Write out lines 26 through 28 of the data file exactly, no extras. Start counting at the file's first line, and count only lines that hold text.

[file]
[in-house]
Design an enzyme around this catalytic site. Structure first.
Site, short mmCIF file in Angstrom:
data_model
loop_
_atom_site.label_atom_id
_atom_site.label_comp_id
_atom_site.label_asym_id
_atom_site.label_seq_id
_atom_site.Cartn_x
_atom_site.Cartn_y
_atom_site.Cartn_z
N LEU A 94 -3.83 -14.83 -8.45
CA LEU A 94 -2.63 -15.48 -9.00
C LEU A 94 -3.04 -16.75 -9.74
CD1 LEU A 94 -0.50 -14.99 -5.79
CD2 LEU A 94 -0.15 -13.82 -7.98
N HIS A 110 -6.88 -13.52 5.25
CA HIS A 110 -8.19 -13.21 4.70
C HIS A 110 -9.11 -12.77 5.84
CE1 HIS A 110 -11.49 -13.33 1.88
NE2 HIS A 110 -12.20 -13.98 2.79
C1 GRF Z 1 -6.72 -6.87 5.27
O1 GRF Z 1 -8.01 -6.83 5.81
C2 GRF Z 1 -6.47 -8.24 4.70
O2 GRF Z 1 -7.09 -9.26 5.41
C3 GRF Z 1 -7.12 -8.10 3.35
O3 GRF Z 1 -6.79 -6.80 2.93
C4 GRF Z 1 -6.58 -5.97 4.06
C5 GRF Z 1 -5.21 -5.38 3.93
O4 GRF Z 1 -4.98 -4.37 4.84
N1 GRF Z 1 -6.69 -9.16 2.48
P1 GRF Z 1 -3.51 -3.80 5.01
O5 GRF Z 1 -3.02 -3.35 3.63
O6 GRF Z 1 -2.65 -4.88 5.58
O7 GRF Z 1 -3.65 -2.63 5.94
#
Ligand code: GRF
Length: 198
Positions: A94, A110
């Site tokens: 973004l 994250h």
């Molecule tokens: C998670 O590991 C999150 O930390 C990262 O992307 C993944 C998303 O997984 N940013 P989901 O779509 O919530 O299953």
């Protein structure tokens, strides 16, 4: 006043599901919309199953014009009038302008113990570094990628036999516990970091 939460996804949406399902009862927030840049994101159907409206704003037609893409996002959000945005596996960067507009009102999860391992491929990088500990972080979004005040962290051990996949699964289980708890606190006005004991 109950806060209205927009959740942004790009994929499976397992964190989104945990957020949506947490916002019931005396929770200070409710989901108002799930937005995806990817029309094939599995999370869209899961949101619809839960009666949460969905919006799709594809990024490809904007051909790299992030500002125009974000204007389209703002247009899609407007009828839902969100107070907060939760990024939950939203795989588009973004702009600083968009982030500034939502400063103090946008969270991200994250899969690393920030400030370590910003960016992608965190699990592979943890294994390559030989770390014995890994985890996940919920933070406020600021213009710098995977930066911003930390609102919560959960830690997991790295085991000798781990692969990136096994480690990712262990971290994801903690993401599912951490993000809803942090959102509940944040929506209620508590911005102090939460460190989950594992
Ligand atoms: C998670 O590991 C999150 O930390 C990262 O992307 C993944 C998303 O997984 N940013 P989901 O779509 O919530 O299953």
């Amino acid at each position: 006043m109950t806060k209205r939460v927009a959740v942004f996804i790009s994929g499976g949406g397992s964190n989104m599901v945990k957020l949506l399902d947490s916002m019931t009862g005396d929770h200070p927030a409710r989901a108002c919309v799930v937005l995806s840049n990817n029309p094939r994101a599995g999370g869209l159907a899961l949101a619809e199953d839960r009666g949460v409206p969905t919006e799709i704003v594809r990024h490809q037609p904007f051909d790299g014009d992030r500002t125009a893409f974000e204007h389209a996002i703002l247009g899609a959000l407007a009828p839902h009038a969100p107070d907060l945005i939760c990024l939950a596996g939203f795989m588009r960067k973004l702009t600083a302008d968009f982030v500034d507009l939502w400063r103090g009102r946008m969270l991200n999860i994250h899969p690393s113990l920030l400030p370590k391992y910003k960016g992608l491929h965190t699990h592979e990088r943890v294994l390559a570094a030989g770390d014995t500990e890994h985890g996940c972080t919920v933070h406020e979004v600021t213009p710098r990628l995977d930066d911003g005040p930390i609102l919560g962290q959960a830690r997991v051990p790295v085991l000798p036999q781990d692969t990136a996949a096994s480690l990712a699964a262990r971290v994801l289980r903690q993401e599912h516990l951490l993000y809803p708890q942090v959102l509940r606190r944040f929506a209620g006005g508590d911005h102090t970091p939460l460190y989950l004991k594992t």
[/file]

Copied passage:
O2 GRF Z 1 -7.09 -9.26 5.41
C3 GRF Z 1 -7.12 -8.10 3.35
O3 GRF Z 1 -6.79 -6.80 2.93